Refugee Resettlement 

Our world is facing the largest displacement of people since the end of World War II. Nearly 20 million men, women, and children have been forced to flee their homes and are now waiting for a chance to rebuild their lives. Less than one percent are resettled in countries such as the United States.

Since 1965, Tennessee has been a place of protection, hope, and opportunity for those fleeing persecution. In 2016, our state welcomed 2,051 refugees from all over the world. Resettlement agencies, faith institutions, businesses, and others have worked hard to ensure that these refugees receive the tools and support they need for successful reintegration. 

At the same time, Tennessee is also a testing ground for the country's most extreme anti-refugee policies, championed by nativist organizations who have long worked to erode support for resettlement programs. While their views and policy proposals were largely outside the political mainstream in the years past, the recent global tragedies, the ongoing global refugee crisis, and election-year rhetoric allowed these once fringe policies to gain broad support. For more information on the history of anti-refugee activity in Tennessee, visit here. 

TIRRC works to protect the integrity of the refugee resettlement program at the local and state level. Together with our national partners, we promote federal policies that welcome and support successful refugee integration.

For more information or to join the campaign, contact Judith at



We're Going to Court to Defend Refugee Resettlement

In 2016, the state legislature took the extreme step of voting to sue the federal government in an effort to end refugee resettlement. Although the attorney general refused to file the suit, noting that the case was likely to lose, the Tennessee General Assembly didn't listen. In March, the state filed their lawsuit, betraying our values, putting resettlement at risk, and potentially setting a dangerous precedent for communities across the country.

But we're standing up for refugees. In June 2017, we took legal action and asked the court to allow us to be part of the lawsuit. Our members, both refugees themselves and Tennesseans who want to welcome refugees, would be deeply harmed by an end to the resettlement program. We've asked the court to let us become part of this case so we can mount the strongest possible defense of refugee resettlement. In March 2018, the district court dismissed the lawsuit, but the state filed an appeal. Read more about it here.

We are proud to be represented by the fearless legal team at the ACLU and the ACLU of Tennessee and to be joined in this case by our member organizations Bridge Refugee Services, Inc. of Knoxville and Chattanooga and the Nashville International Center for Empowerment. 

We are so excited to represent our many members across the state in defense of the life-saving work of refugee resettlement, to stand up for our values as Tennesseans, and to ensure that Tennessee continues to be a place where families fleeing violence and persecution can find safety and opportunity.

In the courts, in the legislature, and in the streets, we'll continue to say loud and clear, refugees are welcome here!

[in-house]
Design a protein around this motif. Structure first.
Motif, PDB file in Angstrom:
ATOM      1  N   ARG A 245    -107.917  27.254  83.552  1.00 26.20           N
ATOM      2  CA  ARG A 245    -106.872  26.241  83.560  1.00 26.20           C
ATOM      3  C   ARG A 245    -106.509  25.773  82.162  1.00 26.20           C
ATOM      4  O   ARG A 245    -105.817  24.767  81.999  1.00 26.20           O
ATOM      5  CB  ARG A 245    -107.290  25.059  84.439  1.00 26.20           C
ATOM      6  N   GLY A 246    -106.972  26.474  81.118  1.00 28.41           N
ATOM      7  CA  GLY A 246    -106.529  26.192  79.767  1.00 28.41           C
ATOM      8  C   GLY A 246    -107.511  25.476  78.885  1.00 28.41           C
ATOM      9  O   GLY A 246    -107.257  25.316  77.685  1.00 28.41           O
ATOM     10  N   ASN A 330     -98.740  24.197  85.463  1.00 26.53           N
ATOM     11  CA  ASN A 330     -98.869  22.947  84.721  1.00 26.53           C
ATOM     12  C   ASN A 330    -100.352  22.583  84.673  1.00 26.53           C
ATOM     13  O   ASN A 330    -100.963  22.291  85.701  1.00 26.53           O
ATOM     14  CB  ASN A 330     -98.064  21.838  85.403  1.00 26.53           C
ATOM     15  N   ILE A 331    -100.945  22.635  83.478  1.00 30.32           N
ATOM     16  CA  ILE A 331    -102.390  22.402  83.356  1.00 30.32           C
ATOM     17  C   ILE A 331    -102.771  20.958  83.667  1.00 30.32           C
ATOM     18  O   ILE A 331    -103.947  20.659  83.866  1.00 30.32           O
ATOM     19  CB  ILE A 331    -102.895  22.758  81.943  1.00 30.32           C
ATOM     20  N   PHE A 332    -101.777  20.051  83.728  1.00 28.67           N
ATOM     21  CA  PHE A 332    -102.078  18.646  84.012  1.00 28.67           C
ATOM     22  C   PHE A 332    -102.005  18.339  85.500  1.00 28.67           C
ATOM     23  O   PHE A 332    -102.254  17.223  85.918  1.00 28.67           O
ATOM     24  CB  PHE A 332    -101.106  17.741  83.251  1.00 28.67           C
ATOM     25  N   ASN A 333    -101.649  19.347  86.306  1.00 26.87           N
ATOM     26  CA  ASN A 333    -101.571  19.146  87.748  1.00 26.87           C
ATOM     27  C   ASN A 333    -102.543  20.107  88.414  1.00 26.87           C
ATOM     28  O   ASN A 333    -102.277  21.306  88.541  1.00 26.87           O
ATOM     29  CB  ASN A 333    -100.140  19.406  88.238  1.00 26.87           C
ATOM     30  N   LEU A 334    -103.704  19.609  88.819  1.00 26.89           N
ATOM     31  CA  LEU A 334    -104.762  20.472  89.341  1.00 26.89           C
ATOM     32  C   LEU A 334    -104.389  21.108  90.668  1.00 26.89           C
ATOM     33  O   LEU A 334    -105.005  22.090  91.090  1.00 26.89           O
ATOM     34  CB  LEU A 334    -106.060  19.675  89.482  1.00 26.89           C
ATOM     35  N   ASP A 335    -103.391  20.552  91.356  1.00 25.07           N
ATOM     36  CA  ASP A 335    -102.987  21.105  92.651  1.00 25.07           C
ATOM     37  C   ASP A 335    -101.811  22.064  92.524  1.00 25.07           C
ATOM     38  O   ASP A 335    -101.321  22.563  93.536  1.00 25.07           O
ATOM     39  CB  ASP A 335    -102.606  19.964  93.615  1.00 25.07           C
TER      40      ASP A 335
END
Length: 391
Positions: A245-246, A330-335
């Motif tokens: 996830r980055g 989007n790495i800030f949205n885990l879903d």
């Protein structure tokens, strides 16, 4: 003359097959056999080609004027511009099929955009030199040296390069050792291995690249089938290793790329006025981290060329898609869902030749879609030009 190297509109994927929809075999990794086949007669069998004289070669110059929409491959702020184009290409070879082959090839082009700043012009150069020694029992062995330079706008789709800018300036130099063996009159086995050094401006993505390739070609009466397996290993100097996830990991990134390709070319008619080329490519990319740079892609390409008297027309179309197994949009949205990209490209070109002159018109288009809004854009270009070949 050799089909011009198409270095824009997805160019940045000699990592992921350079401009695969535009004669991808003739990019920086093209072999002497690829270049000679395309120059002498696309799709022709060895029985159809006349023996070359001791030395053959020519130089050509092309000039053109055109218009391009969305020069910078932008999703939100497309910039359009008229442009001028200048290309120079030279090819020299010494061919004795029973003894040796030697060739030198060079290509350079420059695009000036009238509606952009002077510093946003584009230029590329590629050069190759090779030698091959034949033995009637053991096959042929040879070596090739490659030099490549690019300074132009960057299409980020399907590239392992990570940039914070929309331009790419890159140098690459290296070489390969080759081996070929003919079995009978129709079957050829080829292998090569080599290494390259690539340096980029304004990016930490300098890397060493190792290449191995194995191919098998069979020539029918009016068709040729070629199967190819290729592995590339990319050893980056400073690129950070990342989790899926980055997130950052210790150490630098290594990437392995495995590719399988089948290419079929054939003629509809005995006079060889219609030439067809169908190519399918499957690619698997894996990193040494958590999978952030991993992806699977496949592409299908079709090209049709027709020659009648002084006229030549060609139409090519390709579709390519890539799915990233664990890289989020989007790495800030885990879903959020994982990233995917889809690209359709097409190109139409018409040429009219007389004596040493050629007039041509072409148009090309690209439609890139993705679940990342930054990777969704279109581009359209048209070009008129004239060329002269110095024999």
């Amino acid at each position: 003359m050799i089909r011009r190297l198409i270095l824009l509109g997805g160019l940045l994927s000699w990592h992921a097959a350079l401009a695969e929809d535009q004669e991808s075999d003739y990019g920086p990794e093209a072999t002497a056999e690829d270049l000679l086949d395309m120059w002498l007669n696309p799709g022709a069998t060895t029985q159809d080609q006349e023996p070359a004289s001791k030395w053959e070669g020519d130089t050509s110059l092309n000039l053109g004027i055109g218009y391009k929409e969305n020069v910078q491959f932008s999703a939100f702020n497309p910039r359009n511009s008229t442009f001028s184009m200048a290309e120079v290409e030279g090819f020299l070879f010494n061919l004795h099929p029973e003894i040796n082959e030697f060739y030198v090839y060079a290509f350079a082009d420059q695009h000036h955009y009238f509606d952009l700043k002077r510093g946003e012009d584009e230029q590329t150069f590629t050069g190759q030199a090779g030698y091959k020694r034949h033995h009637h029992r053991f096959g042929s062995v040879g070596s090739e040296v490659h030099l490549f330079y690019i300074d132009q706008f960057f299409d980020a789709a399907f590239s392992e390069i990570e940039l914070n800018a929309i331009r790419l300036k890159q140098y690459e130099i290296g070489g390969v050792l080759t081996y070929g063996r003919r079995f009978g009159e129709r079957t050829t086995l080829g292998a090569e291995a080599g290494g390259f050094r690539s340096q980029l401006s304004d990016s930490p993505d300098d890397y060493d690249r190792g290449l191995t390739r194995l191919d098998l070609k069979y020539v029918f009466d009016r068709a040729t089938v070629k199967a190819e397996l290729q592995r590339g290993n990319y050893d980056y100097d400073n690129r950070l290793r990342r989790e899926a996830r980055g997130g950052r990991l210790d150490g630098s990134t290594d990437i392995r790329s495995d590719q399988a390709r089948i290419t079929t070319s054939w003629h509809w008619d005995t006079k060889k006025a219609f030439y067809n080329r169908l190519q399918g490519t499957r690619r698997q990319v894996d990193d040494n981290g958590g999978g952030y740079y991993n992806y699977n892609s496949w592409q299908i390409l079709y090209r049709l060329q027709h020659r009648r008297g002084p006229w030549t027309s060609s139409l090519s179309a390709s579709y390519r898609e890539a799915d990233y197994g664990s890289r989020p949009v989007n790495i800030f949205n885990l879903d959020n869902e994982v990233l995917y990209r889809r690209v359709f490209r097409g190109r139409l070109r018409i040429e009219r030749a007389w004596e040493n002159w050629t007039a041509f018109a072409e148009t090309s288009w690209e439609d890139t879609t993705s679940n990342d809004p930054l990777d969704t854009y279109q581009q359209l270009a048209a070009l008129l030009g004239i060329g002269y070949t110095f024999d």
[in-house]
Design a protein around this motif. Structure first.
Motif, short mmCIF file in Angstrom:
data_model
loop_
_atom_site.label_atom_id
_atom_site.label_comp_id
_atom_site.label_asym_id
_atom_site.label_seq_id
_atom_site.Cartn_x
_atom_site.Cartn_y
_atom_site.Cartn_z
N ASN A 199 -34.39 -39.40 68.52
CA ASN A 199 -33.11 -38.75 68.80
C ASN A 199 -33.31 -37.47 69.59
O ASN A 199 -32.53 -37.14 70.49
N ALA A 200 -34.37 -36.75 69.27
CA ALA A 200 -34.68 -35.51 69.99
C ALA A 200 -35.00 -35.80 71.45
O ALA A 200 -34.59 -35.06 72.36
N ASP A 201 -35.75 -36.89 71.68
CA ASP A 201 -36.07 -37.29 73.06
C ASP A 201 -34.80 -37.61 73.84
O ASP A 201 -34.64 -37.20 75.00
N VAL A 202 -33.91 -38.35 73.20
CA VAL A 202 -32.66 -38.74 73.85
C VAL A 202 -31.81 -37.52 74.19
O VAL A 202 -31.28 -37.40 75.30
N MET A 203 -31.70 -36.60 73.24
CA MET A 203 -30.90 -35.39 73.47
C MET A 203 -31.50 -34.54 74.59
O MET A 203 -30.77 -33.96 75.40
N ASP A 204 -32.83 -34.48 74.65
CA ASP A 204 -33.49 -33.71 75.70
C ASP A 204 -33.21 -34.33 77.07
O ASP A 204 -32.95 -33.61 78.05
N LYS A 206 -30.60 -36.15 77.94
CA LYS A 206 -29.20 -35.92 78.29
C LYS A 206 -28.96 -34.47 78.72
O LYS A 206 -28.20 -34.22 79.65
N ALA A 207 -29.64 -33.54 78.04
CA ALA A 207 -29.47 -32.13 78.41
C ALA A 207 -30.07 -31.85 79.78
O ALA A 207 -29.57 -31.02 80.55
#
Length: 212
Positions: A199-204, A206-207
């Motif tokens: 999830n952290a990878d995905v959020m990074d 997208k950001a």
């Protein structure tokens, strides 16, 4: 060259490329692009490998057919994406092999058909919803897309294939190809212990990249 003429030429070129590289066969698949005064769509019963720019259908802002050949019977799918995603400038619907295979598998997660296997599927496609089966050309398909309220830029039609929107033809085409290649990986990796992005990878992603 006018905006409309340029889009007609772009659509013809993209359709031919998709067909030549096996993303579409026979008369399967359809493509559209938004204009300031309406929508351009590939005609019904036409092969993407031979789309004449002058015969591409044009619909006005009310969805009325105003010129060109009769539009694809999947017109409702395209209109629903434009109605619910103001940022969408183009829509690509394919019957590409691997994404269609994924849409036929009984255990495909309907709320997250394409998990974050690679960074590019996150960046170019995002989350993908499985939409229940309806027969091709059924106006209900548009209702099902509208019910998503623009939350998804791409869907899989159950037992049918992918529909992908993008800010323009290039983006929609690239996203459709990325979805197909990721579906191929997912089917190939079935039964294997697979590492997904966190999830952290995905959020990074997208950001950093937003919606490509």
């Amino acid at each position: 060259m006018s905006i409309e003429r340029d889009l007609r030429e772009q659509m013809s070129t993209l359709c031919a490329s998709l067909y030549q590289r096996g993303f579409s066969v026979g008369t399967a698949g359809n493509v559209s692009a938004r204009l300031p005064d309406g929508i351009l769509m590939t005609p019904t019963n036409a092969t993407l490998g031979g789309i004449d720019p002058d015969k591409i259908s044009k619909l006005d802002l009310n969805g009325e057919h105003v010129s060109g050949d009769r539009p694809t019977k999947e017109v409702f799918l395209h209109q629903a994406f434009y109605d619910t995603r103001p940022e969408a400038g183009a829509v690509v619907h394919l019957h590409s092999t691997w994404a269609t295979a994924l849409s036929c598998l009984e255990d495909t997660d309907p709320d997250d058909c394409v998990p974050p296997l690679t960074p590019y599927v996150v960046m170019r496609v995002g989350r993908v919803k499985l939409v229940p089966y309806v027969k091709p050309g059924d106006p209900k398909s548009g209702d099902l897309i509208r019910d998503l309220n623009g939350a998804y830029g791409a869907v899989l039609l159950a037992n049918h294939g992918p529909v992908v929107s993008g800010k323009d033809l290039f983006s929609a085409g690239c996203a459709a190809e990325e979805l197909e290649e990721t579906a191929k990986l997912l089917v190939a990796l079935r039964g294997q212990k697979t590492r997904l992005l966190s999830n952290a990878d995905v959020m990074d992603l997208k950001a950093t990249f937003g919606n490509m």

The Southern Roots of Anti-Refugee Backlash: Report shows Tennessee has been a testing ground for anti-refugee organizing since 2011, offers strategies to counter backlash

As communities across the country organize in response to cascading anti-refugee rhetoric and policies, the Tennessee Immigrant and Refugee Rights Coalition (TIRRC) has issued a report, Countering the Backlash: Strategies for Responding to Anti-Refugee and Xenophobic Activity from the New South, with support from the J.M. Kaplan Fund. 


Long before the attacks in Paris, national anti-refugee organizations had been working to erode support for refugee resettlement. While their views and policy proposals have historically been far outside of the national mainstream, they found fertile ground in Tennessee, and are now finding favor more broadly. Countering the Backlash sheds light on the long history of anti-refugee organizing, clearly demonstrating that current policy proposals to limit or end refugee resettlement are not innovative responses to new threats or a tailored response to a post-Paris world but rather the latest in a long campaign to slow changing demographics and limit Muslim migration.

Over the past several years, activist groups supporting the anti-refugee backlash identified the combustible conditions in Tennessee, fueled by anxiety in response to rapid demographic shifts, as an opportunity to advance their agenda. Countering the Backlash makes clear that the current backlash against the refugee resettlement program has been brewing for years, fueled by state-based anti-immigrant legislation, like Arizona's Senate Bill 1070 and its copycats across the country, growing Islamophobia, and a more generalized scapegoating of the foreign-born in times of economic insecurity. Similarly, these groups are now exploiting the fear and uncertainty communities face in the wake of terrorism to advance the same agenda across the country. 

Despite having a small, albeit quickly growing, foreign-born population and little progressive infrastructure, immigrant communities and advocates in Tennessee succeeded in preventing most regressive legislation from becoming law and found ways to turn the tide. What happened in Tennessee is a story of hope and resiliency, demonstrating that, even in the most hostile environment communities can respond to legislative and rhetorical threats as an opportunity to organize, build power, and develop the capacity to shift the political climate. Countering the Backlash offers lessons learned and recommendations for organizations across the country that are working to defend refugee resettlement, combat Islamophobia, and build more welcoming communities.

To download a PDF copy of the report, click here